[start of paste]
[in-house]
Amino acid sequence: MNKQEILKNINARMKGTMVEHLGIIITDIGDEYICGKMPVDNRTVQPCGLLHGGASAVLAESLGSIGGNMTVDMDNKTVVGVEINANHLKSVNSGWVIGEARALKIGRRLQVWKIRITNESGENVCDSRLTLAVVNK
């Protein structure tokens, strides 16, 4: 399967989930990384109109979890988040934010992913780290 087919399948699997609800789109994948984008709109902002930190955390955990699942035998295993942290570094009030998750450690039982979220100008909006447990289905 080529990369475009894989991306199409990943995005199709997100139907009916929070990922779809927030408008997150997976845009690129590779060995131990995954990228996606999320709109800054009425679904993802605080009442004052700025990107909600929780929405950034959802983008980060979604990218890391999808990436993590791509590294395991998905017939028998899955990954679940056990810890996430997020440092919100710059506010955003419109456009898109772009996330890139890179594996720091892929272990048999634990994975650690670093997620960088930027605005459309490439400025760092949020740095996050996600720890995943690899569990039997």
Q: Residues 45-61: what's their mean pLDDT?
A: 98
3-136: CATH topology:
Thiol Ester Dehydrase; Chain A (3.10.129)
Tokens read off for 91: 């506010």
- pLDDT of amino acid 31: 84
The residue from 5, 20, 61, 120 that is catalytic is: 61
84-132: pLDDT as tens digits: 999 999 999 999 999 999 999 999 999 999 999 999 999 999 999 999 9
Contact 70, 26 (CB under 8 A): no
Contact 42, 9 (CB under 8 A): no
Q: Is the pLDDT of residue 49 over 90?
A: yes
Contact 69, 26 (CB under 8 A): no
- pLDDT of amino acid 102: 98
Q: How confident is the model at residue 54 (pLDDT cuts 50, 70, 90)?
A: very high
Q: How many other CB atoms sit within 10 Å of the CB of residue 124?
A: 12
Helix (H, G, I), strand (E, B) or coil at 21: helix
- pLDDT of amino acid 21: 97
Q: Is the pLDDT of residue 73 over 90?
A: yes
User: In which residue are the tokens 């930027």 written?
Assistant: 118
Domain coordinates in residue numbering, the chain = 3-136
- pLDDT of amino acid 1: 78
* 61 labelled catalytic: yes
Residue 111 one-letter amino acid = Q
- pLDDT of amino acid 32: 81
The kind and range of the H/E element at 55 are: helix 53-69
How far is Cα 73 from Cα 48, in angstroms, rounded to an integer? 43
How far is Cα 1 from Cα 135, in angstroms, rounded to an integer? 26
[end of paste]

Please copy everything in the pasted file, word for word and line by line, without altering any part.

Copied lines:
[in-house]
Amino acid sequence: MNKQEILKNINARMKGTMVEHLGIIITDIGDEYICGKMPVDNRTVQPCGLLHGGASAVLAESLGSIGGNMTVDMDNKTVVGVEINANHLKSVNSGWVIGEARALKIGRRLQVWKIRITNESGENVCDSRLTLAVVNK
């Protein structure tokens, strides 16, 4: 399967989930990384109109979890988040934010992913780290 087919399948699997609800789109994948984008709109902002930190955390955990699942035998295993942290570094009030998750450690039982979220100008909006447990289905 080529990369475009894989991306199409990943995005199709997100139907009916929070990922779809927030408008997150997976845009690129590779060995131990995954990228996606999320709109800054009425679904993802605080009442004052700025990107909600929780929405950034959802983008980060979604990218890391999808990436993590791509590294395991998905017939028998899955990954679940056990810890996430997020440092919100710059506010955003419109456009898109772009996330890139890179594996720091892929272990048999634990994975650690670093997620960088930027605005459309490439400025760092949020740095996050996600720890995943690899569990039997």
Q: Residues 45-61: what's their mean pLDDT?
A: 98
3-136: CATH topology:
Thiol Ester Dehydrase; Chain A (3.10.129)
Tokens read off for 91: 């506010």
- pLDDT of amino acid 31: 84
The residue from 5, 20, 61, 120 that is catalytic is: 61
84-132: pLDDT as tens digits: 999 999 999 999 999 999 999 999 999 999 999 999 999 999 999 999 9
Contact 70, 26 (CB under 8 A): no
Contact 42, 9 (CB under 8 A): no
Q: Is the pLDDT of residue 49 over 90?
A: yes
Contact 69, 26 (CB under 8 A): no
- pLDDT of amino acid 102: 98
Q: How confident is the model at residue 54 (pLDDT cuts 50, 70, 90)?
A: very high
Q: How many other CB atoms sit within 10 Å of the CB of residue 124?
A: 12
Helix (H, G, I), strand (E, B) or coil at 21: helix
- pLDDT of amino acid 21: 97
Q: Is the pLDDT of residue 73 over 90?
A: yes
User: In which residue are the tokens 């930027």 written?
Assistant: 118
Domain coordinates in residue numbering, the chain = 3-136
- pLDDT of amino acid 1: 78
* 61 labelled catalytic: yes
Residue 111 one-letter amino acid = Q
- pLDDT of amino acid 32: 81
The kind and range of the H/E element at 55 are: helix 53-69
How far is Cα 73 from Cα 48, in angstroms, rounded to an integer? 43
How far is Cα 1 from Cα 135, in angstroms, rounded to an integer? 26